AUTHOR: Bayo Adebowale
MONTH READ: November 2016
PAGE COUNT: 141
YEAR PUBLISHED: 2006
” And so, most of the village men in Kufi resented Yaremi for her ‘self-conceit’ and loathed her for what always came out of her mouth, by way of resistance of them. Times without number, Yaremi had told the men what they hated to hear- the plain truth- that she was neither a napkin nor a rag to clean up mess with. She was not a music calabash for the clumsy fingers of drummers. The strands of her hair were not for the grubby claws of ruffians. No. She was a neat woman, vibrant as the lily, floating on the clear water of the village lake; a pretty woman carrying the blackness of her skin like a shinning royal gown over her smooth body. What impudence! To the men, this was one woman who should be kept at arm’s length and be dealt with decisively. But there were a few of them in the village who still found Yaremi irresistible and who, at every available opportunity, still wanted to move closer to her.”
A short but awesome read, Lonely Days by Bayo Adebowale is a story that expresses views on how much culture, traditions and beliefs affect people and the choices they make, even at their detriment. It tells the story of a middled-aged woman named Yaremi, who through unforeseen circumstances became a widow by loss of her husband, Ajumobi.
Until now, Yaremi never really knew what the pangs of widowhood felt like, especially in a rural suburb such as the village where she lived (Kufi). Kufi as portrayed in the story is a village settlement where the people still believed that gods had supremacy over all happenings, a place where people still lived in mud houses having thatched roofs, with most of them engaging in manual jobs such as hunting and farming for the men, while the women were involved in petty trading. Yaremi was one of such women as she sometimes sold taffeta which she made using the help of her grandson Woye.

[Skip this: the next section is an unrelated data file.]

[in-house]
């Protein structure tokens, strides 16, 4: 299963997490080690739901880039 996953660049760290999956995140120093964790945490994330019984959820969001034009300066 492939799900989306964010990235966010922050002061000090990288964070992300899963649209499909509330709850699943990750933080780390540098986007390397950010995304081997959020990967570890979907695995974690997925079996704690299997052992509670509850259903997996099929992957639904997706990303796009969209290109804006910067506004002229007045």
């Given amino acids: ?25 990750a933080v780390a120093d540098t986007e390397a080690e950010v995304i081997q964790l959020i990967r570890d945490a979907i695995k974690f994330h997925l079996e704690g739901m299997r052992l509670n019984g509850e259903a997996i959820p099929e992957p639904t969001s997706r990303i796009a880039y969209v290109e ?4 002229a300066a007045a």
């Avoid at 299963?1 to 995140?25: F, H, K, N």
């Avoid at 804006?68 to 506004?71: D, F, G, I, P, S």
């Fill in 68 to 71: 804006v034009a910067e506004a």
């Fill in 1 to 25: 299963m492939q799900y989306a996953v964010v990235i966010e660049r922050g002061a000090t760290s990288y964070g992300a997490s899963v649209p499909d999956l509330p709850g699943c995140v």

One major problem Kufi had as a village was that, most deaths weren’t tagged as natural, worst still if it happened to be the husband of a woman. In cases like this, the women( now widows) were subjected to various forms of humiliation and torture. These included things like confessing to gods for the death of their deceased husband, taking libation, having heads completely shaved, remaining in isolation for long periods of time and worse of all, being forced to remarry (most especially a kinsman) against their wishes. This was the plight Yaremi and her peers had, but unlike her peers, Yaremi was able to stand for herself by refusing to give into customs which she felt were obsolete. Although she had moments when she would allow herself wallow in self-pity and wonder, she remained diligent and determined in all that she did and this earned her a place among the menfolk of Kufi as well as one or two admirers.
But the reason Yaremi stands as the heroine of this book lies in the fact that she was a woman who knew her worth and wouldn’t allow the sentiments of others stop her from making the right decision for herself. This remarkable act was exhibited when the day came for her to pick a new suitor as tradition demanded, but Yaremi blatantly refused all offers not minding the disgrace it would bring to the community. The story ends with Yaremi having to leave Kufi village for fear of being ostracized, but most importantly to regain her peace.
Bayo Adebowale through this nicely crafted story has been able to lend a voice to women at large by using the ever pretty and bold Yaremi as a tool.I loved his use and style of words and also the manner in which he portrayed the richness of the African culture.
This is a must read for women and men , both young and old and for those who have voices but are afraid to speak for fear of society. Yaremi indeed has been of exemplary character to us all.
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